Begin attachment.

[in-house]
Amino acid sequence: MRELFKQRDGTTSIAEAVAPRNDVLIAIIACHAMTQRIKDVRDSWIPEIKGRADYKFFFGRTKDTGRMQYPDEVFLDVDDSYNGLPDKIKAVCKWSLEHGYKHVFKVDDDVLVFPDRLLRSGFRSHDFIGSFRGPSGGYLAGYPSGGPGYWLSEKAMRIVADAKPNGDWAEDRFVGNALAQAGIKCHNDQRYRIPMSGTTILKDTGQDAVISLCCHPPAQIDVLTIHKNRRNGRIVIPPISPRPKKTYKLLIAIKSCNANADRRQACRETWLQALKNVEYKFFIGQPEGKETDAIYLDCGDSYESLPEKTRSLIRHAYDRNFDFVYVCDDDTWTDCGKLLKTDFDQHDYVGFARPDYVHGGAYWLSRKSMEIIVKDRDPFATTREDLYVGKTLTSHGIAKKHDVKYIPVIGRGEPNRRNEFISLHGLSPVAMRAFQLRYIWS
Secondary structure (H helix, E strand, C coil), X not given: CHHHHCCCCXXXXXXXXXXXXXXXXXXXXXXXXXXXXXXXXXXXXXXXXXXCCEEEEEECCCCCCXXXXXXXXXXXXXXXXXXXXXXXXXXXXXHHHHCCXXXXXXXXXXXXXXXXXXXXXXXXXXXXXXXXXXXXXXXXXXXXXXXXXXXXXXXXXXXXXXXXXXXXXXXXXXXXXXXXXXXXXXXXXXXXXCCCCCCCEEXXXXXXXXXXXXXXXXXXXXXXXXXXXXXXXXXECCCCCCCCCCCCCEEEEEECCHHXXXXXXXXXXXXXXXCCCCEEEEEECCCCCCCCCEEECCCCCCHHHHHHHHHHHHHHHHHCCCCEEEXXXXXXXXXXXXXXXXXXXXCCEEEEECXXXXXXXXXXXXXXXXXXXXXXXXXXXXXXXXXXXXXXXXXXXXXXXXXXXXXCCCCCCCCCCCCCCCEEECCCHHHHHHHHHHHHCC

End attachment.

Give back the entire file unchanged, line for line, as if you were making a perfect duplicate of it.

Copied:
[in-house]
Amino acid sequence: MRELFKQRDGTTSIAEAVAPRNDVLIAIIACHAMTQRIKDVRDSWIPEIKGRADYKFFFGRTKDTGRMQYPDEVFLDVDDSYNGLPDKIKAVCKWSLEHGYKHVFKVDDDVLVFPDRLLRSGFRSHDFIGSFRGPSGGYLAGYPSGGPGYWLSEKAMRIVADAKPNGDWAEDRFVGNALAQAGIKCHNDQRYRIPMSGTTILKDTGQDAVISLCCHPPAQIDVLTIHKNRRNGRIVIPPISPRPKKTYKLLIAIKSCNANADRRQACRETWLQALKNVEYKFFIGQPEGKETDAIYLDCGDSYESLPEKTRSLIRHAYDRNFDFVYVCDDDTWTDCGKLLKTDFDQHDYVGFARPDYVHGGAYWLSRKSMEIIVKDRDPFATTREDLYVGKTLTSHGIAKKHDVKYIPVIGRGEPNRRNEFISLHGLSPVAMRAFQLRYIWS
Secondary structure (H helix, E strand, C coil), X not given: CHHHHCCCCXXXXXXXXXXXXXXXXXXXXXXXXXXXXXXXXXXXXXXXXXXCCEEEEEECCCCCCXXXXXXXXXXXXXXXXXXXXXXXXXXXXXHHHHCCXXXXXXXXXXXXXXXXXXXXXXXXXXXXXXXXXXXXXXXXXXXXXXXXXXXXXXXXXXXXXXXXXXXXXXXXXXXXXXXXXXXXXXXXXXXXXCCCCCCCEEXXXXXXXXXXXXXXXXXXXXXXXXXXXXXXXXXECCCCCCCCCCCCCEEEEEECCHHXXXXXXXXXXXXXXXCCCCEEEEEECCCCCCCCCEEECCCCCCHHHHHHHHHHHHHHHHHCCCCEEEXXXXXXXXXXXXXXXXXXXXCCEEEEECXXXXXXXXXXXXXXXXXXXXXXXXXXXXXXXXXXXXXXXXXXXXXXXXXXXXXCCCCCCCCCCCCCCCEEECCCHHHHHHHHHHHHCC